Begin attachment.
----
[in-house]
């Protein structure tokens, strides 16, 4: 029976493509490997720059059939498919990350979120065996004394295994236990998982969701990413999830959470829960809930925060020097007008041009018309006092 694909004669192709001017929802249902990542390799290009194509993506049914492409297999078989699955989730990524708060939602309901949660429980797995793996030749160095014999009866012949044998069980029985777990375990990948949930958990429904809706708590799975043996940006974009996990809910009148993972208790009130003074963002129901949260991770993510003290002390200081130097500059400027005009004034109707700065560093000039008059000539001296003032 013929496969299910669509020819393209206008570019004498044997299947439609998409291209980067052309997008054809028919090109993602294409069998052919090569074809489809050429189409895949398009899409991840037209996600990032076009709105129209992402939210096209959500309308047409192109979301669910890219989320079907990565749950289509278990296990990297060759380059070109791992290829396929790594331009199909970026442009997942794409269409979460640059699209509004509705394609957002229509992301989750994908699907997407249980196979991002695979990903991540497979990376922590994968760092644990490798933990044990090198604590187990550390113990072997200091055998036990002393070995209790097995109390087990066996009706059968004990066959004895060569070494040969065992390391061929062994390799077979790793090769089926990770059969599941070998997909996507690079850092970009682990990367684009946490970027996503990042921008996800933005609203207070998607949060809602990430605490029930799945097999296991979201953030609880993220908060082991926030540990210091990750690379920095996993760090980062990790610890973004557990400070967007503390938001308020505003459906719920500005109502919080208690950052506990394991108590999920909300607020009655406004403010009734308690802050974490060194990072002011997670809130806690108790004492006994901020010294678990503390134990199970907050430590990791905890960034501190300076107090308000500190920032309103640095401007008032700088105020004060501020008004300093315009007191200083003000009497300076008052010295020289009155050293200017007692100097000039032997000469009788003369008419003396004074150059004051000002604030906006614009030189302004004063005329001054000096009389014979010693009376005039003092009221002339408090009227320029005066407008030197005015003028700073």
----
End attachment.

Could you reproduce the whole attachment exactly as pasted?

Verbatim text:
[in-house]
């Protein structure tokens, strides 16, 4: 029976493509490997720059059939498919990350979120065996004394295994236990998982969701990413999830959470829960809930925060020097007008041009018309006092 694909004669192709001017929802249902990542390799290009194509993506049914492409297999078989699955989730990524708060939602309901949660429980797995793996030749160095014999009866012949044998069980029985777990375990990948949930958990429904809706708590799975043996940006974009996990809910009148993972208790009130003074963002129901949260991770993510003290002390200081130097500059400027005009004034109707700065560093000039008059000539001296003032 013929496969299910669509020819393209206008570019004498044997299947439609998409291209980067052309997008054809028919090109993602294409069998052919090569074809489809050429189409895949398009899409991840037209996600990032076009709105129209992402939210096209959500309308047409192109979301669910890219989320079907990565749950289509278990296990990297060759380059070109791992290829396929790594331009199909970026442009997942794409269409979460640059699209509004509705394609957002229509992301989750994908699907997407249980196979991002695979990903991540497979990376922590994968760092644990490798933990044990090198604590187990550390113990072997200091055998036990002393070995209790097995109390087990066996009706059968004990066959004895060569070494040969065992390391061929062994390799077979790793090769089926990770059969599941070998997909996507690079850092970009682990990367684009946490970027996503990042921008996800933005609203207070998607949060809602990430605490029930799945097999296991979201953030609880993220908060082991926030540990210091990750690379920095996993760090980062990790610890973004557990400070967007503390938001308020505003459906719920500005109502919080208690950052506990394991108590999920909300607020009655406004403010009734308690802050974490060194990072002011997670809130806690108790004492006994901020010294678990503390134990199970907050430590990791905890960034501190300076107090308000500190920032309103640095401007008032700088105020004060501020008004300093315009007191200083003000009497300076008052010295020289009155050293200017007692100097000039032997000469009788003369008419003396004074150059004051000002604030906006614009030189302004004063005329001054000096009389014979010693009376005039003092009221002339408090009227320029005066407008030197005015003028700073």